While such streaming services as Spotify and Pandora may be background noise to lots of people (at work, at a party, in the car), for songwriters, they’re very much at the forefront of their minds.
Because not only has music streaming taken a huge bite out of profits, but after months of hearings, the Copyright Royalty Board — which operates under the Library of Congress — will soon set new song royalty rates for the next five years, determining how much writers get paid.
Did your eyes glaze over at “Copyright Royalty Board”? You’re not alone. One of the biggest challenges is not only educating legislators about how songwriters earn a living, but singers themselves.
“There’s a tremendous lack of interest from younger artists — you typically have to have lived through a certain amount of experiences in this business before you get wise to how the business operates,” said Marc Broussard, a pop-soul singer who will release his ninth studio album this week. “The younger artists, it’s not on their radar, so we definitely have massive challenges in addressing these issues.”
Broussard, along with country singer Ryan Kinder, visited Capitol Hill on Wednesday to lobby members of Congress about the royalties issue. It all culminated with a songwriter showcase event hosted by the National Music Publishers’ Association, on the roof of 101 Constitution Ave. NW, with the Capitol looming in the background.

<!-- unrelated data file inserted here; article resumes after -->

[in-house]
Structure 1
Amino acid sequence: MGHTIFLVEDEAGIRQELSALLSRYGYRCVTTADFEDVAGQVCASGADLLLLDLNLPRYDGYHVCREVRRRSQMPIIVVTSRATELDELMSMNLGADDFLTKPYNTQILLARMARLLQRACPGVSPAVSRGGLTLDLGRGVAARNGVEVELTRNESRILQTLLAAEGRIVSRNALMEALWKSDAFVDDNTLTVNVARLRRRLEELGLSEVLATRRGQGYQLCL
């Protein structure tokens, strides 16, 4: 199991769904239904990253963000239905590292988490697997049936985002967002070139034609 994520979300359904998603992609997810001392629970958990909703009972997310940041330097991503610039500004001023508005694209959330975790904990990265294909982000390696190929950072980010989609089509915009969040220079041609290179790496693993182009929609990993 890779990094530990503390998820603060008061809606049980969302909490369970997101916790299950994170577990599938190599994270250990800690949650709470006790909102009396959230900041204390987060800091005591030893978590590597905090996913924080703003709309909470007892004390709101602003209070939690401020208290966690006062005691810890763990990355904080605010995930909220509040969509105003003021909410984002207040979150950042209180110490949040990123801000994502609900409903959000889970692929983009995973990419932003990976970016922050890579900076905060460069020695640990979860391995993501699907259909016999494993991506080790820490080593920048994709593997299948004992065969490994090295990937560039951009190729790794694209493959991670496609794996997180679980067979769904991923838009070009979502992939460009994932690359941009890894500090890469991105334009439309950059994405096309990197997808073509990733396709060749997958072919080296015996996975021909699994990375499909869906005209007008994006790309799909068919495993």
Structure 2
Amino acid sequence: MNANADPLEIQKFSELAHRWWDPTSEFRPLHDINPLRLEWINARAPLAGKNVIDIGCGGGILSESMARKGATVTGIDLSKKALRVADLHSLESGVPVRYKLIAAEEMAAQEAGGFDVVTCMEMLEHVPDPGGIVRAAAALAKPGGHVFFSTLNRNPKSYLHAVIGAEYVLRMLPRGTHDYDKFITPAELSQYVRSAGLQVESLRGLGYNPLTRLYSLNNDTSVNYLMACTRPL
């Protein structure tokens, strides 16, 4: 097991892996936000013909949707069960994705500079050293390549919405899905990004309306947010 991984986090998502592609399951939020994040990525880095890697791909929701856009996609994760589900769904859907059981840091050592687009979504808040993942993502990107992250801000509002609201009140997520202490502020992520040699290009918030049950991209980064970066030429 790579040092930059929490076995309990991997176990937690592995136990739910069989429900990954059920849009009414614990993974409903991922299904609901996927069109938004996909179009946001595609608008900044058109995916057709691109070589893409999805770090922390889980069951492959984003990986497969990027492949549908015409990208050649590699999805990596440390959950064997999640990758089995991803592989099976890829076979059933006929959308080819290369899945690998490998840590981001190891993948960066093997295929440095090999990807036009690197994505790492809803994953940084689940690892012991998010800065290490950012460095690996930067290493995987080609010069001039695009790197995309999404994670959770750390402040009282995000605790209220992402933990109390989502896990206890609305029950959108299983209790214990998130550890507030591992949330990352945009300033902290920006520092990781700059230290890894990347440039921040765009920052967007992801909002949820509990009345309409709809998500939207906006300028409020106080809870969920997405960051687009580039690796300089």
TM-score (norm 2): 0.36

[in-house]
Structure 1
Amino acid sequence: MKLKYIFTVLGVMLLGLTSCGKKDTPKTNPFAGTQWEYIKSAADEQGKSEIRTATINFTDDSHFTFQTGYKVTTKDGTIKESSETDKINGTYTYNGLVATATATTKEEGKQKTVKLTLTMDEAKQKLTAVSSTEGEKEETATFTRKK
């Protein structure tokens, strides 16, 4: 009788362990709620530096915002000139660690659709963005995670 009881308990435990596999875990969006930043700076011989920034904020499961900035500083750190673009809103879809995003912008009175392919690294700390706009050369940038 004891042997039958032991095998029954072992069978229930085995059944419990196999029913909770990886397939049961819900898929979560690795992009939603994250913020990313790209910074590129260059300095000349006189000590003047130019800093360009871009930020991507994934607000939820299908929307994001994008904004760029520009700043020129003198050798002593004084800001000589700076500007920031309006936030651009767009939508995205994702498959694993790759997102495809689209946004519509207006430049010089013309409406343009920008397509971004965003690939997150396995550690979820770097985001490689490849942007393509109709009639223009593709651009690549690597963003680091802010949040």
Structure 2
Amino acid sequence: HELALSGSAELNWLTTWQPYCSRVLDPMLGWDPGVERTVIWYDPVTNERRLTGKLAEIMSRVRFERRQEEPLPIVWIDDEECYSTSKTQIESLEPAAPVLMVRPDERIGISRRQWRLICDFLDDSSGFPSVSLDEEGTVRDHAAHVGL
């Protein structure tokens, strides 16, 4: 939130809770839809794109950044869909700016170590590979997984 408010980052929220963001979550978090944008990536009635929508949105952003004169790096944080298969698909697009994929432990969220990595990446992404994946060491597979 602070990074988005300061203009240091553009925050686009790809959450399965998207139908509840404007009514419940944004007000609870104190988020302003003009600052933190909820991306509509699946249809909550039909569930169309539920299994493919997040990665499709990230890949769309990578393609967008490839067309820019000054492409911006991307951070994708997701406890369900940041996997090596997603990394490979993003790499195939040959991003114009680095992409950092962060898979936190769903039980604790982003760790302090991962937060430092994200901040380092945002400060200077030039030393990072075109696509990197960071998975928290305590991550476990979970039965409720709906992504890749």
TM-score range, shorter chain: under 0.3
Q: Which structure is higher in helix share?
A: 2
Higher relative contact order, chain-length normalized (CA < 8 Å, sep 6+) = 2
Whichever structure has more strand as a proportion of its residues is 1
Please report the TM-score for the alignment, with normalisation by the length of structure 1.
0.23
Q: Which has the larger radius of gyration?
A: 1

“I’ve been making music for a living for a long time, and for me to feed my family requires me to stay away from my family for eight to nine months out of the year. I would really appreciate it if you guys could figure this whole royalties situation out,” Broussard told the crowd. “Make things a little easier on me!”
Before Kinder performed his new single, “Close,” he promised not to talk about legislation during his performance, but hoped everyone realized the impact of music in their lives — and the importance of fairly compensating the people who wrote all of those songs.
“Songwriters are the stenographers of our lives, and without them, you wouldn’t have that memory,” Kinder said. “It’s time to change some things.”